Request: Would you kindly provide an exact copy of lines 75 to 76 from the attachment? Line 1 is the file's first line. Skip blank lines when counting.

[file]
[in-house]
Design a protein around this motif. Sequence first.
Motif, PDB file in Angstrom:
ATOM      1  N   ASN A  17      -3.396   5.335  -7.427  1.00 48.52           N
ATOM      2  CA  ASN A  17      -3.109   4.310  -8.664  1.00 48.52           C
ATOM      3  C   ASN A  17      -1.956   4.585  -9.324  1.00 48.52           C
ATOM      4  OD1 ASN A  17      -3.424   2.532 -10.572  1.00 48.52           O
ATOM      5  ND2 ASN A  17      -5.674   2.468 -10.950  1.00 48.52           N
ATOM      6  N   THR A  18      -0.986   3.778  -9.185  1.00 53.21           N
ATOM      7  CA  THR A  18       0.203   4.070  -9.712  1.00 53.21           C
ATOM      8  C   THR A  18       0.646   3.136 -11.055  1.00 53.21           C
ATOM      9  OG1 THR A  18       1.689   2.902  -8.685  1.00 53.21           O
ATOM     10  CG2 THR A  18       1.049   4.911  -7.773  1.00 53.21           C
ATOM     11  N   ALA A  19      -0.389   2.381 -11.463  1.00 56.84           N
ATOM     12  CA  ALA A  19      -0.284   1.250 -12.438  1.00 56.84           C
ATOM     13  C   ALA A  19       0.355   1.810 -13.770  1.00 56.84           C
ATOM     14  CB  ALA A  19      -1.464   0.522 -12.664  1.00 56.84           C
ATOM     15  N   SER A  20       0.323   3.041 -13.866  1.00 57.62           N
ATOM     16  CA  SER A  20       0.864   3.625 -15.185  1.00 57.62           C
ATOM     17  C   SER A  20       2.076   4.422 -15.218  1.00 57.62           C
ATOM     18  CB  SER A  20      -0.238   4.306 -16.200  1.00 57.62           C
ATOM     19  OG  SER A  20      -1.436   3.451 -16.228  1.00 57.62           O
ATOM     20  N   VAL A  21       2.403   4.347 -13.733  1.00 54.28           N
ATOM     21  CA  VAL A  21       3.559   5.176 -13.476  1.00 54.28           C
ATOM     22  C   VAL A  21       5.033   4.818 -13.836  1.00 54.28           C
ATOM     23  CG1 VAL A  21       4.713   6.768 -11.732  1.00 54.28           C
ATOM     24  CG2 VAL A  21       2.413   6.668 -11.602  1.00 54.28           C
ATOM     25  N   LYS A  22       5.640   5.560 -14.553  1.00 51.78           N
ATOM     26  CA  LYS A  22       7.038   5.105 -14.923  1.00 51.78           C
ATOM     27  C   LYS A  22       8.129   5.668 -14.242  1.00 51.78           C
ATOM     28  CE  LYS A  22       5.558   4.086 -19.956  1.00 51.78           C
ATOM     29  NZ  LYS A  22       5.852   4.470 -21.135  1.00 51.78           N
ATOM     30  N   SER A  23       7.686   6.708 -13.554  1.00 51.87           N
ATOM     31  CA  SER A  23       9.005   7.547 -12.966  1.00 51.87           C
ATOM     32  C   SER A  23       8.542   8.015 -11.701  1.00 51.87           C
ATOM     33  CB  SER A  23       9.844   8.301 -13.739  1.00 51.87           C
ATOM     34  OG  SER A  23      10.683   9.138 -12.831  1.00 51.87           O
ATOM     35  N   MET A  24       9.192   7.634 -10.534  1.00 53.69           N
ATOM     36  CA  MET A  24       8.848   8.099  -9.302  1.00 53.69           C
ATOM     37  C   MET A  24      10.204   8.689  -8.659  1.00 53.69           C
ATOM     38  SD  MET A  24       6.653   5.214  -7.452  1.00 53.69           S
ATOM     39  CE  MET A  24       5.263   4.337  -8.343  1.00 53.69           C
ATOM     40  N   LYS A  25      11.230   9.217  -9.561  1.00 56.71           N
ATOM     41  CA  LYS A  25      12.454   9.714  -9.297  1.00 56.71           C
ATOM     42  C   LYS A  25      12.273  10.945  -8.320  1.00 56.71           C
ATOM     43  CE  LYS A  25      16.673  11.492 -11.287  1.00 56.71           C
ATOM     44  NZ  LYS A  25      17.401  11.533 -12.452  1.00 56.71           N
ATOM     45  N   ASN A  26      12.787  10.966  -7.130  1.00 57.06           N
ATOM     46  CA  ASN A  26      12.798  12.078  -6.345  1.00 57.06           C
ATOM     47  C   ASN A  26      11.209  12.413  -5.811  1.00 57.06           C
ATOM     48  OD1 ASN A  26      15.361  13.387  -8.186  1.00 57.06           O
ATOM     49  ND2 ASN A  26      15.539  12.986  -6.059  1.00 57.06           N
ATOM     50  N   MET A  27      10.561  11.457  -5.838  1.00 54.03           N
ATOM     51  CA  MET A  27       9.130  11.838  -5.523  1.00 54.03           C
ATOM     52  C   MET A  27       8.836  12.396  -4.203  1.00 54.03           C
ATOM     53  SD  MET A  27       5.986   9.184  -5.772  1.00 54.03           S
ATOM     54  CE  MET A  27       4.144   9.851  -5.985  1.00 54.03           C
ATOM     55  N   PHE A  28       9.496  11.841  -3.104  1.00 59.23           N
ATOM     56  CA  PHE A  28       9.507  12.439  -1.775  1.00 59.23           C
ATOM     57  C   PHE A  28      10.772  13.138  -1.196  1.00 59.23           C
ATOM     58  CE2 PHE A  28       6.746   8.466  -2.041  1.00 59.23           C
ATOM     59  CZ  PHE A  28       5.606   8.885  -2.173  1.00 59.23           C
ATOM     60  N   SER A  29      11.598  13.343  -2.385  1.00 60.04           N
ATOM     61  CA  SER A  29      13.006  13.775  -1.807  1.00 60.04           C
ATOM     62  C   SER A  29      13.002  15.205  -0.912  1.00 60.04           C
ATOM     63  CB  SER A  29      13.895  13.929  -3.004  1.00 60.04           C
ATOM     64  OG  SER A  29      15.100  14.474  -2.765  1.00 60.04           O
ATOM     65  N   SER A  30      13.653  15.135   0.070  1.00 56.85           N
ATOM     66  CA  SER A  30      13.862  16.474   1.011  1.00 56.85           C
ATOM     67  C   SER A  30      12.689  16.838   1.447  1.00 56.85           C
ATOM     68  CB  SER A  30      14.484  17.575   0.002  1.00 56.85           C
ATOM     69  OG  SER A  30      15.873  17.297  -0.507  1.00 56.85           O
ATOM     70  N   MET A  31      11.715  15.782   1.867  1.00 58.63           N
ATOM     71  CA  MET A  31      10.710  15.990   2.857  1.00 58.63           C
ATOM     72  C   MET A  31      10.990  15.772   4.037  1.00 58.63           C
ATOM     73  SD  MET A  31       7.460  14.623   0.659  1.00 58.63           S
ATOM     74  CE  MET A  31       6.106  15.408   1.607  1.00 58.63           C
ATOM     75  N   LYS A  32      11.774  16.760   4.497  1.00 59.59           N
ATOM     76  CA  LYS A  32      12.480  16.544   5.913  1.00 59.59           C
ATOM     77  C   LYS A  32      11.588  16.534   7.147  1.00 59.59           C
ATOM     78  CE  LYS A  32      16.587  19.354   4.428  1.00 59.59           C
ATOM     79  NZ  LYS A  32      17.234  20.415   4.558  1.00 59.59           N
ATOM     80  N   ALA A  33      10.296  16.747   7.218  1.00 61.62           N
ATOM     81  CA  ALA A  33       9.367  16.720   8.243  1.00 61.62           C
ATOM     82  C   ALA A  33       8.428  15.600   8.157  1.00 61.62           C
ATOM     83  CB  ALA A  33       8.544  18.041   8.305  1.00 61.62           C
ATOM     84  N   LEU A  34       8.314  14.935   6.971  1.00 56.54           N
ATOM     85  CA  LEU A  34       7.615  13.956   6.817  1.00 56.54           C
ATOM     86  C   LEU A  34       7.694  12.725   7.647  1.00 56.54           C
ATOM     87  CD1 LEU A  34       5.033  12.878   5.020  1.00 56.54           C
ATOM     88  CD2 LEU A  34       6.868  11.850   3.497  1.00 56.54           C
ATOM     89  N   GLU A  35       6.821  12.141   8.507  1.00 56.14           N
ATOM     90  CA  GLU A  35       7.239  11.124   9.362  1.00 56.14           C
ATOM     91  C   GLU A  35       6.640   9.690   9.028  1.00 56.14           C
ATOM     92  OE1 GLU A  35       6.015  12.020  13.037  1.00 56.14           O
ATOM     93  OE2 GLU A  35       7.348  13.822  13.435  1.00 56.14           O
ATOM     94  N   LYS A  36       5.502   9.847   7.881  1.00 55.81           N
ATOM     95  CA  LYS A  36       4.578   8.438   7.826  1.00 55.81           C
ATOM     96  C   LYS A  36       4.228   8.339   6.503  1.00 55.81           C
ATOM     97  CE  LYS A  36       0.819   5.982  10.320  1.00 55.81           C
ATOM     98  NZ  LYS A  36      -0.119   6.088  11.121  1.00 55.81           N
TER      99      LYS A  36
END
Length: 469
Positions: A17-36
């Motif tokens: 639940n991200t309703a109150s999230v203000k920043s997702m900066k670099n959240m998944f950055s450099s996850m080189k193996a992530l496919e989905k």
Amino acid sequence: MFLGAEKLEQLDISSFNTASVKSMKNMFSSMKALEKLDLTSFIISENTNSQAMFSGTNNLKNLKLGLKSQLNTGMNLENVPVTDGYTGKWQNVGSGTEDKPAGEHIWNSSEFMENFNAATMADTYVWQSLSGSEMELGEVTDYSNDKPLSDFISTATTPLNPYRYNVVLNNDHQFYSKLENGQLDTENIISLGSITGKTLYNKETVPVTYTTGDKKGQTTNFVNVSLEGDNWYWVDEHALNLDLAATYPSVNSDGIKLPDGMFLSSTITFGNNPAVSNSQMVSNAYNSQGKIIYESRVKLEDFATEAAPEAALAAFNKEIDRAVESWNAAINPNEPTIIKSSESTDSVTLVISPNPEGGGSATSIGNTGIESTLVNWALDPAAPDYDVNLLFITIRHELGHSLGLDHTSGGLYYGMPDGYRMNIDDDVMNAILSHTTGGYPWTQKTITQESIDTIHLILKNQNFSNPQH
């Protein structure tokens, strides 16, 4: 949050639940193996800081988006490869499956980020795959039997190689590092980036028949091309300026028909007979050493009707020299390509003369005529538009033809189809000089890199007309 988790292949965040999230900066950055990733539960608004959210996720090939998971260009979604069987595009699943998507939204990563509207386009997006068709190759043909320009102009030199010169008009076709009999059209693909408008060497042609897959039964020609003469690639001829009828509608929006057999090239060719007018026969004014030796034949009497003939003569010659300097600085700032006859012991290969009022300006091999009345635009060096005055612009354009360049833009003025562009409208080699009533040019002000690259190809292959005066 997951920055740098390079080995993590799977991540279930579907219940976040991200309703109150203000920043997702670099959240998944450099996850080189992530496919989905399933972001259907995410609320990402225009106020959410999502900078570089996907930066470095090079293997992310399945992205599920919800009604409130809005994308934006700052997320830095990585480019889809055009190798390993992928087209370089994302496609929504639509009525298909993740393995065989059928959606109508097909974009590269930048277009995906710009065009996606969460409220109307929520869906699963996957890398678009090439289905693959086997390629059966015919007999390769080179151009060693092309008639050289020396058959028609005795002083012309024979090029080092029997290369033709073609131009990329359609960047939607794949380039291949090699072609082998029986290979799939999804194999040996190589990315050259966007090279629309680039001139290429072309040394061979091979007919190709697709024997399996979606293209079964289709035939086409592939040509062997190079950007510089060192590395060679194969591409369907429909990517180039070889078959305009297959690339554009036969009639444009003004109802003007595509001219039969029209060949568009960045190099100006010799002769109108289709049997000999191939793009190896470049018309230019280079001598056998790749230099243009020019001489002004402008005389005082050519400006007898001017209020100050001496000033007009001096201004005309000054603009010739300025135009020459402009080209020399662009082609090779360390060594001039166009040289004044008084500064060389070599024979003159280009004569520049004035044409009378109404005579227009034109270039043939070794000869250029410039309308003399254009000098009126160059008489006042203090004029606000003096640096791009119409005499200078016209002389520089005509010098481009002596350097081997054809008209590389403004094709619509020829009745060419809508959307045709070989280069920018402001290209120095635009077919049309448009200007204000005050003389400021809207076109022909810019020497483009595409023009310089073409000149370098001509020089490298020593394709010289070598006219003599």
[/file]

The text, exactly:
ATOM     72  C   MET A  31      10.990  15.772   4.037  1.00 58.63           C
ATOM     73  SD  MET A  31       7.460  14.623   0.659  1.00 58.63           S